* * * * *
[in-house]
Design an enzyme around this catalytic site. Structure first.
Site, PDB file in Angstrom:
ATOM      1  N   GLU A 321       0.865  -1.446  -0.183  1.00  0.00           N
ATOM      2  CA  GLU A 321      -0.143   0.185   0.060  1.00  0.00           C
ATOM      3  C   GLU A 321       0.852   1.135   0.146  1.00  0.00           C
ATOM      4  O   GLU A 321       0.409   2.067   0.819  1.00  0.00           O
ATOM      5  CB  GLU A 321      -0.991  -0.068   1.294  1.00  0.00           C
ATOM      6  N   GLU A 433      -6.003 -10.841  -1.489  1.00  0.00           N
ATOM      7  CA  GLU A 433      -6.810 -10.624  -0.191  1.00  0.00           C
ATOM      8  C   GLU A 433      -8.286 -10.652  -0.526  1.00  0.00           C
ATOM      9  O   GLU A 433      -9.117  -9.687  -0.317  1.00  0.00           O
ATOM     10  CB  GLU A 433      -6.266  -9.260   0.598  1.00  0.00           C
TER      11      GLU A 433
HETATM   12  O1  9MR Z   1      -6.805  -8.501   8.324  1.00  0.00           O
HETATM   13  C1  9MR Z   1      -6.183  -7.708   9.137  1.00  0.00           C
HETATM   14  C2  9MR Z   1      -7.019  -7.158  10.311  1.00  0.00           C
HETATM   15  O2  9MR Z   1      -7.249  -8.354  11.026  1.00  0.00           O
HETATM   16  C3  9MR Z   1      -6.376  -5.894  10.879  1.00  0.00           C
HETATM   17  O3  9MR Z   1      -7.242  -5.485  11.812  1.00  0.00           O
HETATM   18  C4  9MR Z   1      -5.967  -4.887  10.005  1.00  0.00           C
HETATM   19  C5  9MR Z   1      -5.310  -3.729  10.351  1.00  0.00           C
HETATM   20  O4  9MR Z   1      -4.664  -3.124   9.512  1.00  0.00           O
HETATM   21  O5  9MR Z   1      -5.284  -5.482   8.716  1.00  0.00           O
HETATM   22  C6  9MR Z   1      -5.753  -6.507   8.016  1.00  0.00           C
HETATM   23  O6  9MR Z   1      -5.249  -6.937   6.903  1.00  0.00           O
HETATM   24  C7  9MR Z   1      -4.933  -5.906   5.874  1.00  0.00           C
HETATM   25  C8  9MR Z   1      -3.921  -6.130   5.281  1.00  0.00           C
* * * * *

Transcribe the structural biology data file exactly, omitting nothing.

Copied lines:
[in-house]
Design an enzyme around this catalytic site. Structure first.
Site, PDB file in Angstrom:
ATOM      1  N   GLU A 321       0.865  -1.446  -0.183  1.00  0.00           N
ATOM      2  CA  GLU A 321      -0.143   0.185   0.060  1.00  0.00           C
ATOM      3  C   GLU A 321       0.852   1.135   0.146  1.00  0.00           C
ATOM      4  O   GLU A 321       0.409   2.067   0.819  1.00  0.00           O
ATOM      5  CB  GLU A 321      -0.991  -0.068   1.294  1.00  0.00           C
ATOM      6  N   GLU A 433      -6.003 -10.841  -1.489  1.00  0.00           N
ATOM      7  CA  GLU A 433      -6.810 -10.624  -0.191  1.00  0.00           C
ATOM      8  C   GLU A 433      -8.286 -10.652  -0.526  1.00  0.00           C
ATOM      9  O   GLU A 433      -9.117  -9.687  -0.317  1.00  0.00           O
ATOM     10  CB  GLU A 433      -6.266  -9.260   0.598  1.00  0.00           C
TER      11      GLU A 433
HETATM   12  O1  9MR Z   1      -6.805  -8.501   8.324  1.00  0.00           O
HETATM   13  C1  9MR Z   1      -6.183  -7.708   9.137  1.00  0.00           C
HETATM   14  C2  9MR Z   1      -7.019  -7.158  10.311  1.00  0.00           C
HETATM   15  O2  9MR Z   1      -7.249  -8.354  11.026  1.00  0.00           O
HETATM   16  C3  9MR Z   1      -6.376  -5.894  10.879  1.00  0.00           C
HETATM   17  O3  9MR Z   1      -7.242  -5.485  11.812  1.00  0.00           O
HETATM   18  C4  9MR Z   1      -5.967  -4.887  10.005  1.00  0.00           C
HETATM   19  C5  9MR Z   1      -5.310  -3.729  10.351  1.00  0.00           C
HETATM   20  O4  9MR Z   1      -4.664  -3.124   9.512  1.00  0.00           O
HETATM   21  O5  9MR Z   1      -5.284  -5.482   8.716  1.00  0.00           O
HETATM   22  C6  9MR Z   1      -5.753  -6.507   8.016  1.00  0.00           C
HETATM   23  O6  9MR Z   1      -5.249  -6.937   6.903  1.00  0.00           O
HETATM   24  C7  9MR Z   1      -4.933  -5.906   5.874  1.00  0.00           C
HETATM   25  C8  9MR Z   1      -3.921  -6.130   5.281  1.00  0.00           C